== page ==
As George Grierson notes in his Linguistic Survey of India (LSI) from 1927, Tirahi, a Dardic language (spread across Afghanistan, Chitral, Swat, the Indus Valley and Gilgit) was once spoken in the Tirah area of the Khyber Agency, in present-day Federally Administered Tribal Areas (FATA), and is an insightful example of political, social, religious and other situational factors affecting people and their language. However, the Tirahi-speaking tribe left the area in the early 19th century, after a feud with the Afridi Pathans, and settled in present-day Nangarhar Province in Afghanistan. Morgenstierne, in his Report on a Linguistic Mission to North-western India (1932), found Tirahi spoken in some villages southeast of Jalalabad (currently the capital of Afghanistan’s eastern Nangarhar Province). Tirahi is now considered to be extinct, or nearly extinct. There is a possibility it has survived in remote and inaccessible recesses of Tirah. Their migration to Afghanistan and settlement among a population speaking other languages probably accelerated the decline of this language.
This region has been in the midst of cataclysmic geopolitical upheavals for a long time. In the 1890s, following the Durand Line agreement between the British government and Afghanistan, what was then called the Kafiristan region was inhabited by non-Muslim Kafir tribes, and was part of Afghanistan. The tribes, constantly at war with their Muslim neighbours had, until then, managed to keep their religion intact amid growing attacks. However, following the Durand Line agreement, Afghan Amir Abdur Rahman Khan forcibly converted these peoples to Islam, while some crossed into Chitral and settled among the non-Muslim Kalash tribe in an enclave of three valleys: Rambur, Birir and Bumburet. The region was renamed Nuristan, or Abode of Light. Kafiristan proper is now reduced to a mere historical footnote. However, the Kalash valleys are sometimes referred to as Kafiristan.
With the Soviet invasion of Afghanistan in 1979, the infighting between mujahideen groups, the emergence of the Taliban and the ongoing War on Terror, turmoil in the region has continued. In the process, the organic growth of community has been disrupted and the region has become inaccessible to foreigners and researchers. In early 2014, there were reports of the Taliban issuing threats to the Kalash non-Muslim tribe of Chitral district in Pakistan to convert to Islam or face the consequences. The region is, in many ways, still as isolated as it was at the outset of the Great Game.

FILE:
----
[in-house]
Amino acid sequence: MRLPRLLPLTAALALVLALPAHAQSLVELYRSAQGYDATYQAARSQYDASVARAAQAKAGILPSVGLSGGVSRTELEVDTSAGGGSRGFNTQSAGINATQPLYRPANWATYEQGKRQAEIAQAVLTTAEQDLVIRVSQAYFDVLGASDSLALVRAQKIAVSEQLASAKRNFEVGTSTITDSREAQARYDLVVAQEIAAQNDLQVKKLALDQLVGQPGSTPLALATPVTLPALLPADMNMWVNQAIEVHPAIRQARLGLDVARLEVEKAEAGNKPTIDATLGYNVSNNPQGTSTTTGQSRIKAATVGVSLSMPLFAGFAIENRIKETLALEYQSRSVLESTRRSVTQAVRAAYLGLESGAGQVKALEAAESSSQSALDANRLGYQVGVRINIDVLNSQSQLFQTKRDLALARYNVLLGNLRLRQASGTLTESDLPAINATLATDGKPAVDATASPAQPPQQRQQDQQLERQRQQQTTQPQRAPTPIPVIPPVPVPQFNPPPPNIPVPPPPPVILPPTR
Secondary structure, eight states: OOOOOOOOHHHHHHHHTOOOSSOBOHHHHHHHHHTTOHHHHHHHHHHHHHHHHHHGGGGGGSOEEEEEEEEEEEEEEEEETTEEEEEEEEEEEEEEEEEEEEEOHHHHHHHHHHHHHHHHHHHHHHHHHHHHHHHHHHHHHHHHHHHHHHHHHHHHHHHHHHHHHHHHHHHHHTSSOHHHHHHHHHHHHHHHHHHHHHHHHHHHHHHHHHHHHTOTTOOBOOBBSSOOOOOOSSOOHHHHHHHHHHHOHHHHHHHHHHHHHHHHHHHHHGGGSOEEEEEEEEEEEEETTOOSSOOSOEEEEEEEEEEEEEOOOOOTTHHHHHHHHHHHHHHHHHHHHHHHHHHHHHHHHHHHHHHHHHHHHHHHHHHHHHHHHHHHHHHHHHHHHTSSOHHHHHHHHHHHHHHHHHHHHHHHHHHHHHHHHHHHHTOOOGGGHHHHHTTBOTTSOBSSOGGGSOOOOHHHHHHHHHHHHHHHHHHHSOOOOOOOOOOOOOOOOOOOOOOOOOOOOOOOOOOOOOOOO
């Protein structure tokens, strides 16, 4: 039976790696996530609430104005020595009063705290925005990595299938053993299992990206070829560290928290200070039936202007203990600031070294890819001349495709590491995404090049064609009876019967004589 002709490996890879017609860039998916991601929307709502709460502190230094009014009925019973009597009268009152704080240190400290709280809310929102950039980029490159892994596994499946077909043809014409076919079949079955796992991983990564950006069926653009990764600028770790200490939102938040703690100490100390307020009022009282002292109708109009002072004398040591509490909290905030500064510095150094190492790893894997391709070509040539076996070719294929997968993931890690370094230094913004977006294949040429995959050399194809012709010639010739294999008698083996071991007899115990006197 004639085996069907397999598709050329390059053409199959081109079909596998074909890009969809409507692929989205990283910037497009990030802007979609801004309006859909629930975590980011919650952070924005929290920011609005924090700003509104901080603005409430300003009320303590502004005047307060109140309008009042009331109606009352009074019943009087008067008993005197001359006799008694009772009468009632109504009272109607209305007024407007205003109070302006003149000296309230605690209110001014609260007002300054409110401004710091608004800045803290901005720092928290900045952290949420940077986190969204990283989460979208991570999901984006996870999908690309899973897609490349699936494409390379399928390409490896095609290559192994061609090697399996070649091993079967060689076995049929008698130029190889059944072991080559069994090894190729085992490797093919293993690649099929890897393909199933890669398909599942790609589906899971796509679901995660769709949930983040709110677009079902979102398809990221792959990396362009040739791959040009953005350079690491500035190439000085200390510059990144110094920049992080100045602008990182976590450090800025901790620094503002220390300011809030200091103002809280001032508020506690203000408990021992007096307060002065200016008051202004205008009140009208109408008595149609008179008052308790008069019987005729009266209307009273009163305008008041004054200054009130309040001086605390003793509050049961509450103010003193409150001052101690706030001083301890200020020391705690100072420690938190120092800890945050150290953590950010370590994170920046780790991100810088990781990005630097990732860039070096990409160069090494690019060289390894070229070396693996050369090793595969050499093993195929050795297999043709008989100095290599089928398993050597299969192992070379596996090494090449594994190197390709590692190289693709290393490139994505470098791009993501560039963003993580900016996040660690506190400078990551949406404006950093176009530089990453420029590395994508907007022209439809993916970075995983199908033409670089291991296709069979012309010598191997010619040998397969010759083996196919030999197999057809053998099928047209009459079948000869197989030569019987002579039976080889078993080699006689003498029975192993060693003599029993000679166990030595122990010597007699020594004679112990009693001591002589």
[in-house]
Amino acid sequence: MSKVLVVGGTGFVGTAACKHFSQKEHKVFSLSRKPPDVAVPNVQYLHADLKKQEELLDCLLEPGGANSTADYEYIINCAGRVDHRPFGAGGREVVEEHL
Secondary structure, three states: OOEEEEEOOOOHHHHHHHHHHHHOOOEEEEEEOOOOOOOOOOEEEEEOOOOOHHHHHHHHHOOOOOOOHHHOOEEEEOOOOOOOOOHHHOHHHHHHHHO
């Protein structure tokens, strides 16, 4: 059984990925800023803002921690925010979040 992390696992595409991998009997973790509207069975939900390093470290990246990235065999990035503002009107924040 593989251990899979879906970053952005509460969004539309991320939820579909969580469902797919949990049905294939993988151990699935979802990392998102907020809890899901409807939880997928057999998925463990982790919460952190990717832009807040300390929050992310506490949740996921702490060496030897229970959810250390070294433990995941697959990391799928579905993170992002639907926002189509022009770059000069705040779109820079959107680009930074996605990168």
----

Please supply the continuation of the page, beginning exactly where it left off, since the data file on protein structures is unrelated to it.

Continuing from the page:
Researchers working on linguistic diversity are pessimistic about the future of small languages spoken across the remote, mountainous region. Muhammad Zaman Sagar (currently the Advocacy Officer at the FLI) thinks that the Pakistani Government is not serious about preserving such languages: “There is no government organisation dedicated to research on languages, nor [is] any university working towards this end.”
The FLI was established in 2003 and operated out of Peshawar until 2009, when it relocated to Islamabad fearing the security of its foreign researchers. The forum works on basic language training, documentation, mother-tongue schools, publication and advocacy. Twenty-six languages are spoken in its focus area across northwestern Pakistan, including Khyber Pakhtunkhwa, Kashmir and Gilgit-Baltistan. The FLI had opened mother-tongue education preschools in its target area, which educate children for two years in science, mathematics and arts subjects. The students are taught Urdu in the final term. So far, ten preschools have been established across the region, while three more were opened in 2014. Unreliable figures on language use are a major hurdle to these developments, as these are often incorrect or exaggerated. “We are basing our estimates on 1960s and 70s figures,” Zaman said. Though some cultural activists and intellectuals are aware of the implications of the death of a language, such an occurrence is unlikely to stir public feelings or generate interest in linguistic diversity among the general public.
Zaman points out that many endangered languages (such as Yidgha, Badishi, Ushojo and Gowro) are facing extinction. “Badishi is spoken in the Bishigram Valley next to Madyan in Swat, and had two speakers, and one of them died sometime back,” he said. Another reason for the death of language is an economic one: unless one knows Urdu and Pashto, good economic opportunities are unlikely. Speakers of smaller languages are not given jobs, Zaman said. Industrialisation and the opening of areas that the outside world once found difficult to access has destroyed local vocabulary, as things from the outside bring with them their names.